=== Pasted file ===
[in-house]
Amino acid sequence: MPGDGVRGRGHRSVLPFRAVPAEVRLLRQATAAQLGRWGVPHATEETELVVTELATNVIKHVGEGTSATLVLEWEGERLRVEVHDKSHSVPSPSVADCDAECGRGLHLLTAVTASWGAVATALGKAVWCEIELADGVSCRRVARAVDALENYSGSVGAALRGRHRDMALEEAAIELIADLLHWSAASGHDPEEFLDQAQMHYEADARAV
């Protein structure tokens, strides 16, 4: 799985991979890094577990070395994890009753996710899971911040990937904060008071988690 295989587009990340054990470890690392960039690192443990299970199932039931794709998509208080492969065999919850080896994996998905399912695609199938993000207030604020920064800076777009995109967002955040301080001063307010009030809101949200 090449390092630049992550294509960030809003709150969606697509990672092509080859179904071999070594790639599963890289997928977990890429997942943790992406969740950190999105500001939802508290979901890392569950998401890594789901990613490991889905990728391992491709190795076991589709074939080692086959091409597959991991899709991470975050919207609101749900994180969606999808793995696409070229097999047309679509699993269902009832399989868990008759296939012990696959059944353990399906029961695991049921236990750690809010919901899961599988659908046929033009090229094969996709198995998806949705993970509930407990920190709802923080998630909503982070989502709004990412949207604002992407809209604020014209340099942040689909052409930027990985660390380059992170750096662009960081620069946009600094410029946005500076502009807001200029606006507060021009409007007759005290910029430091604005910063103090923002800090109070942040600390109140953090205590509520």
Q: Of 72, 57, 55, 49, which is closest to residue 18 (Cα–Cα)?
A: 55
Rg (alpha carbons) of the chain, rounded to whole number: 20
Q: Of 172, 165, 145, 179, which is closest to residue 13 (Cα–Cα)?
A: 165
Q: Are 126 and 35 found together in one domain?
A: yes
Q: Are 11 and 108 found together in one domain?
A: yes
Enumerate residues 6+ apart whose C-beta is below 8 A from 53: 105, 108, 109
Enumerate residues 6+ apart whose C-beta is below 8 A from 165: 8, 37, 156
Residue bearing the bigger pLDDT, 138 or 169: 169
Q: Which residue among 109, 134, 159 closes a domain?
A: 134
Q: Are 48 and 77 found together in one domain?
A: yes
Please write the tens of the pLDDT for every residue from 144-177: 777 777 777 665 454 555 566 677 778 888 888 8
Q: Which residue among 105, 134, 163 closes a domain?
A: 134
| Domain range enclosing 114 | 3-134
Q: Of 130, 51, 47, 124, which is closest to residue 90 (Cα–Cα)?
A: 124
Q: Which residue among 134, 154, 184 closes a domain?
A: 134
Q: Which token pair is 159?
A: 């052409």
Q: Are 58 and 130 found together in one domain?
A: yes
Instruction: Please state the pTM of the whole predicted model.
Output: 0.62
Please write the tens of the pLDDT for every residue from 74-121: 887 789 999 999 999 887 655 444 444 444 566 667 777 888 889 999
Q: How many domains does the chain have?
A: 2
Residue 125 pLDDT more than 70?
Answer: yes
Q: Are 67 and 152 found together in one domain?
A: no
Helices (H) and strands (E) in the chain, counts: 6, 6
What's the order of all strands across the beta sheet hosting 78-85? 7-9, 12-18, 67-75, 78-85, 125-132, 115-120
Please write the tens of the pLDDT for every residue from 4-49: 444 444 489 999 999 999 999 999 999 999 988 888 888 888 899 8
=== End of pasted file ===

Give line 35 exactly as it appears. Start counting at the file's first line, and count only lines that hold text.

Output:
Q: How many domains does the chain have?